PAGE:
“It's one of the biggest watch brands in Switzerland. It's an extremely strong and healthy brand with a fantastic, unique history. I knew so much about Longines, but I didn't know a lot of other things that I discovered after I started. We have a huge base to work on to define the future of launches in the coming years.”
It’s an understatement to say that this author is a motorsports fan, but one of the things I’ve obsessed over in the past years is the history of motorsport partnerships. Longines is no stranger to the world of motorsports, having sponsored Formula One and other series throughout the 1970s and ‘80s.
These days, however, the brand has left motorsports behind in favor of skiing, archery, and, of course, equestrian sports. It begs the question: Will we ever see Longines return to its roots in auto racing?
Breschan presented his vision: “We are definitely going to keep the two major platforms – equestrian and skiing. We’ve just signed with the International Skiing Federation for another five years. So those will be definitely our two major platforms for the coming years.”
When pressed, Breschan admitted that Longines plans to revive more of its aviation heritage with upcoming launches: “The rich history of Longines within the world of aviation dates back to the 1920s with Lindbergh, Amelia Earhart, Howard Hughes, and other legends. We’ll bring back products to retell this rich history while also trying to involve contemporary pioneers to retell this story.”
Adapting to Gender
The continued gendering of watches – splitting collections into men’s and women’s watches – is a major discussion topic for the watch industry in 2021. Some argue that gender classifications should be removed entirely from the watch industry.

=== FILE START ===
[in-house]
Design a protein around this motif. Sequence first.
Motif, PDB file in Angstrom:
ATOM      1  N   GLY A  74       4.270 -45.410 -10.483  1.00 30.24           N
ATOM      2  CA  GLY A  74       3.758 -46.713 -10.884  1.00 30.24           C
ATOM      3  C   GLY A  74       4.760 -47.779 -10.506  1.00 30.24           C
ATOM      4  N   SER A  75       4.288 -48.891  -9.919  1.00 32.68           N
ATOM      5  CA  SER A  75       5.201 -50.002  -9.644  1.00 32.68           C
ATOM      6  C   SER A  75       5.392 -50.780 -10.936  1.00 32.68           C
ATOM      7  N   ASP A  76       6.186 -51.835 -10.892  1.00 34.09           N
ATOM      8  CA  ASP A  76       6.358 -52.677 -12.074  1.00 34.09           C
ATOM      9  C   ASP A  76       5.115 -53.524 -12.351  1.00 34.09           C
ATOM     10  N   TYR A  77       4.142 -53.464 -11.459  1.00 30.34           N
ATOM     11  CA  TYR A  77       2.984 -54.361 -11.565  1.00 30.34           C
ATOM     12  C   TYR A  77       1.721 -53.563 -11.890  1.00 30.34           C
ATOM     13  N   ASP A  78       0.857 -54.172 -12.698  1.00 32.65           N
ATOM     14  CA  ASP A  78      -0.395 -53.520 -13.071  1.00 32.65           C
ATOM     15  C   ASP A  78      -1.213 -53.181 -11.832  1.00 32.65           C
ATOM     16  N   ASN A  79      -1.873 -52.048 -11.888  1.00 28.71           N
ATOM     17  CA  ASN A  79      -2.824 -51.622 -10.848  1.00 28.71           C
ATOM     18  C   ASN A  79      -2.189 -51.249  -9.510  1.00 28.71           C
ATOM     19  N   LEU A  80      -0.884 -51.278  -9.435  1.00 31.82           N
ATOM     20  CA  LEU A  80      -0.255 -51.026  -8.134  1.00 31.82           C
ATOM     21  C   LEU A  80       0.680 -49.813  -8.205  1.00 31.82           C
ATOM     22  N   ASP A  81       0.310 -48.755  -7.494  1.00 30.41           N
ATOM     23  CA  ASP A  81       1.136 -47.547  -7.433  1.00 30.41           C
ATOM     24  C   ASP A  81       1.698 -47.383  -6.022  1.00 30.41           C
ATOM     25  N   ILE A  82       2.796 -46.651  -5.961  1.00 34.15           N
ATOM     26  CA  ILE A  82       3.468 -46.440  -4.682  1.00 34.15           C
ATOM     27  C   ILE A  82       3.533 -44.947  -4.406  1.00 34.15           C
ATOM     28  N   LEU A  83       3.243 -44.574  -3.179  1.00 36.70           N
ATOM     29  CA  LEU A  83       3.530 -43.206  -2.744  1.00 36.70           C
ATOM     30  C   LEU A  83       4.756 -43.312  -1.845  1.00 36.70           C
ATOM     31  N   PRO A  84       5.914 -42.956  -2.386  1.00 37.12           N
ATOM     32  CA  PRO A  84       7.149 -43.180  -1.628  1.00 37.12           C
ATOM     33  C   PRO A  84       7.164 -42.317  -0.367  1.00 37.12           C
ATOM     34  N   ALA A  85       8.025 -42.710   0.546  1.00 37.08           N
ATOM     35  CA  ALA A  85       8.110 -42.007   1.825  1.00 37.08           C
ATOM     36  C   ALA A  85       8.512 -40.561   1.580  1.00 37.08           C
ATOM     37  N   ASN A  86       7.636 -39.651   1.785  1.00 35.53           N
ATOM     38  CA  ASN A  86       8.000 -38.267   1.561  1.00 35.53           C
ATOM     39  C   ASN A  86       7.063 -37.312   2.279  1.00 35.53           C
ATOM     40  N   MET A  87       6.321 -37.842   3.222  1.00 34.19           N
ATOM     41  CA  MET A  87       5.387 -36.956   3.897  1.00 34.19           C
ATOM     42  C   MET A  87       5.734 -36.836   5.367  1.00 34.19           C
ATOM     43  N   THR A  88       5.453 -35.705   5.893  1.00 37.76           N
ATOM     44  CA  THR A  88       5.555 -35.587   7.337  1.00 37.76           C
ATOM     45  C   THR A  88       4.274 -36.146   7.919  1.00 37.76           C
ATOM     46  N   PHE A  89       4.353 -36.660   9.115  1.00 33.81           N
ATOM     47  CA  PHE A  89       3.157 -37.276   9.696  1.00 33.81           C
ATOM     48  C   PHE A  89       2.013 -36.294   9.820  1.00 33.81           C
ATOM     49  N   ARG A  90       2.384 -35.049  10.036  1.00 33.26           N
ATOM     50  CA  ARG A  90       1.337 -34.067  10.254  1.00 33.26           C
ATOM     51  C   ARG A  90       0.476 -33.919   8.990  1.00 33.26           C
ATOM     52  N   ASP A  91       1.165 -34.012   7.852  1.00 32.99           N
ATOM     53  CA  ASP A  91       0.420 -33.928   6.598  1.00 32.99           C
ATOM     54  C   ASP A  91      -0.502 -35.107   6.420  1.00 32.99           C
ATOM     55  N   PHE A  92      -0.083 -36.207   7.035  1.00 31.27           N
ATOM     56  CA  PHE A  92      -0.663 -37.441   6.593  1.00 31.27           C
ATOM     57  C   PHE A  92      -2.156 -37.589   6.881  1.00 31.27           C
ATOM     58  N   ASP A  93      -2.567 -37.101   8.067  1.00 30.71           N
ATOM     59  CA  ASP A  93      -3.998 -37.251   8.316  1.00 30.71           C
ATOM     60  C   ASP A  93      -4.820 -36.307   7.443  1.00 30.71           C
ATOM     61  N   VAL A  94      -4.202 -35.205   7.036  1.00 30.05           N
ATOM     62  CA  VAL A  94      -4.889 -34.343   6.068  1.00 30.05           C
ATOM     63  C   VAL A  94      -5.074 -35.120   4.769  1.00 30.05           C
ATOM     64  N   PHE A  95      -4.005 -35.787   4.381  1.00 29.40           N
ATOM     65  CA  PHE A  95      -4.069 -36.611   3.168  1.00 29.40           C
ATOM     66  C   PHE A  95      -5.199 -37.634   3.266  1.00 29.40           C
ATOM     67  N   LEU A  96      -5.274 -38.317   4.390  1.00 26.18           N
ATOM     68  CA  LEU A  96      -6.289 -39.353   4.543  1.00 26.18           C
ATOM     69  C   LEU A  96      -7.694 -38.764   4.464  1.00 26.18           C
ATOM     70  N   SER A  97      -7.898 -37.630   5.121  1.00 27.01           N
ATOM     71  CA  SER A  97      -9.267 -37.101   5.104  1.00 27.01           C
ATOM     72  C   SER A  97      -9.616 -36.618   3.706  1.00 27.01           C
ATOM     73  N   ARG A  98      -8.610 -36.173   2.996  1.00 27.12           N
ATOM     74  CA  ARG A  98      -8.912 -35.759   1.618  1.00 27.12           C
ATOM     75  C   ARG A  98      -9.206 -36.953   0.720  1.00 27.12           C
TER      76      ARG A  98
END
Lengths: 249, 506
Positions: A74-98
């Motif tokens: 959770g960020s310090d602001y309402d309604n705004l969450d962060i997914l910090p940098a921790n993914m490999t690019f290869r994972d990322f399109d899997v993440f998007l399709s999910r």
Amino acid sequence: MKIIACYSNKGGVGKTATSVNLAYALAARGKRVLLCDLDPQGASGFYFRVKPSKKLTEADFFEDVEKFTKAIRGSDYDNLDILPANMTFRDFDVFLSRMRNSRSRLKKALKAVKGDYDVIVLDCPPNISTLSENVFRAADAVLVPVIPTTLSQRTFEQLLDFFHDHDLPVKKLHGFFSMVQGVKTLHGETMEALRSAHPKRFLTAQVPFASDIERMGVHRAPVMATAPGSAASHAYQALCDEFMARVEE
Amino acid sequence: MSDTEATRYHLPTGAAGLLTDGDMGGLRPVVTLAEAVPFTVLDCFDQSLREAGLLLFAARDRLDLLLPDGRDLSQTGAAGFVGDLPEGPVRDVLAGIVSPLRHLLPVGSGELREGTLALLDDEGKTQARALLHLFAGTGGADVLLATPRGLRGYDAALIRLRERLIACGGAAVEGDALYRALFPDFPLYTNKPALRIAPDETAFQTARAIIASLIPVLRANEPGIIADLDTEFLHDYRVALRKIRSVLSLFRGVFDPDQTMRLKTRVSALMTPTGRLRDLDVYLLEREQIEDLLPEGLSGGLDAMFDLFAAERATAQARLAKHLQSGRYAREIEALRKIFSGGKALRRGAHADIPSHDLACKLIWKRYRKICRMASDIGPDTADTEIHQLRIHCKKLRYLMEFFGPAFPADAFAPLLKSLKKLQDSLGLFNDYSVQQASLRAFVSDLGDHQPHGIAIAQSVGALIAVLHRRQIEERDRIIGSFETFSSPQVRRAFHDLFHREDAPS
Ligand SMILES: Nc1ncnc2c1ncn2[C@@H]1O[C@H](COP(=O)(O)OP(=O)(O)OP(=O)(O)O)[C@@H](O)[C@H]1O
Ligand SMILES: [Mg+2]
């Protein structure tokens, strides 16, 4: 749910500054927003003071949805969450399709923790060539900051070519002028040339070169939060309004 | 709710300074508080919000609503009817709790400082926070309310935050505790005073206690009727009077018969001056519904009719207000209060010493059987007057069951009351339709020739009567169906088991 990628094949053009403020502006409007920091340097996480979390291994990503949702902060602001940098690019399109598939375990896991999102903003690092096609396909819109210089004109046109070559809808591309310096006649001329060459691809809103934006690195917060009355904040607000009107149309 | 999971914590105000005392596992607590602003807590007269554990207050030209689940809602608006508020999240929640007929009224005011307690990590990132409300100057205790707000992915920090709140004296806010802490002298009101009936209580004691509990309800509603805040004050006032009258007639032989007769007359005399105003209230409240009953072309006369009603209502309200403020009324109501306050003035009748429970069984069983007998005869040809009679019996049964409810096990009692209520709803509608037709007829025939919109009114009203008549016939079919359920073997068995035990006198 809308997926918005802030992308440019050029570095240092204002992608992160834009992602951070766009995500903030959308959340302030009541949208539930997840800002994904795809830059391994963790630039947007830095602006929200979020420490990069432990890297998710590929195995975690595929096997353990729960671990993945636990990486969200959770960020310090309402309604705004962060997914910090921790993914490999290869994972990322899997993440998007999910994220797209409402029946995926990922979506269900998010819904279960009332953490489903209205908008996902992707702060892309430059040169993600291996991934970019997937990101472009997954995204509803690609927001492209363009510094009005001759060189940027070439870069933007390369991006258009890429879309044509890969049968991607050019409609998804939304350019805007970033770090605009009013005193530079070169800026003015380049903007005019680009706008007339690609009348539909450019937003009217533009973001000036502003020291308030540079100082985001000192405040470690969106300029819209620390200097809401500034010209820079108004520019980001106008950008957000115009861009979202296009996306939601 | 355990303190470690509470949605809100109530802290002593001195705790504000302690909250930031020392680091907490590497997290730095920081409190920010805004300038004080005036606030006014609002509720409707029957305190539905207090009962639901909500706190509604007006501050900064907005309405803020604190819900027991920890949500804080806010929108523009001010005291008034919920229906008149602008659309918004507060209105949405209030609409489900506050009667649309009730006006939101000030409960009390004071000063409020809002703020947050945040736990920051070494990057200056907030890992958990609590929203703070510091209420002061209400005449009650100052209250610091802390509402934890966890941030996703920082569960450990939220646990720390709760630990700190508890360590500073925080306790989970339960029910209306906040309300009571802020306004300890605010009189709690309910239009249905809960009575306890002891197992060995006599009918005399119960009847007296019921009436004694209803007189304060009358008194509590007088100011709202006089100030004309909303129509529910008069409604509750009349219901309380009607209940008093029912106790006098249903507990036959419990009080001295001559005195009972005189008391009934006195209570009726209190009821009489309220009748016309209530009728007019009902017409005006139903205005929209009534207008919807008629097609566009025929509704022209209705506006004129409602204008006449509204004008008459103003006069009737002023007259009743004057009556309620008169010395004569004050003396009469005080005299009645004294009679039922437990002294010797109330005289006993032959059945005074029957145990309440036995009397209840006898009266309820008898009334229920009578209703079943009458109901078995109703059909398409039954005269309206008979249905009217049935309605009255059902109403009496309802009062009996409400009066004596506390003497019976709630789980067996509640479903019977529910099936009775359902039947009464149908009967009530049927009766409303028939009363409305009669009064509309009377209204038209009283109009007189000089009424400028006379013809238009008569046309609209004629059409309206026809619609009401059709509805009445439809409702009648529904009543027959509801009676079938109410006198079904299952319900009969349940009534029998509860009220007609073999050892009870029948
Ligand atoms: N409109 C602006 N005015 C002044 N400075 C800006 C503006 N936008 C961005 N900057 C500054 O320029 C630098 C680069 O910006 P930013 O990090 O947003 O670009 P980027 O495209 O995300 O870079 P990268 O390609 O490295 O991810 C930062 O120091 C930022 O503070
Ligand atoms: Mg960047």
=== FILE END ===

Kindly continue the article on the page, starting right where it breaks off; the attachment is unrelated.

Longines has been renowned for its clearly defined men’s and women’s timepieces, yet Breschan said he’s open to change: “First of all, Longines is among the very few brands that have a very balanced attraction for men and women, which is a huge strength. But when you think of many of the world's brands, they are either very classic or very sporty, or they are a lot more male or a lot more women.
“But you're totally right. [Longines] does not speak any more about men’s and women’s watches, and we do not speak about watches for young or older people. I think, today, we are only speaking about a universe that stands for watches that people identify with, that people have affinities with. And I think it's this universe that actually leads people to buy a watch because they associate themselves to this universe.”
Lastly, Breschan surmised that in order to adapt to the times, Longines needs to embrace its love of product and passion for watchmaking.
“The most important, I think, for today’s world is that you really have to love your products and provide a link to Longines’ universe,” Breschan said. “I think it's very important that we’re credible and authentic. And of course, when you look back at our history, we have all the history that makes these links authentic, credible, and full of substance. And I think this gives the brand such a strong background and lets us build our future based on the past.”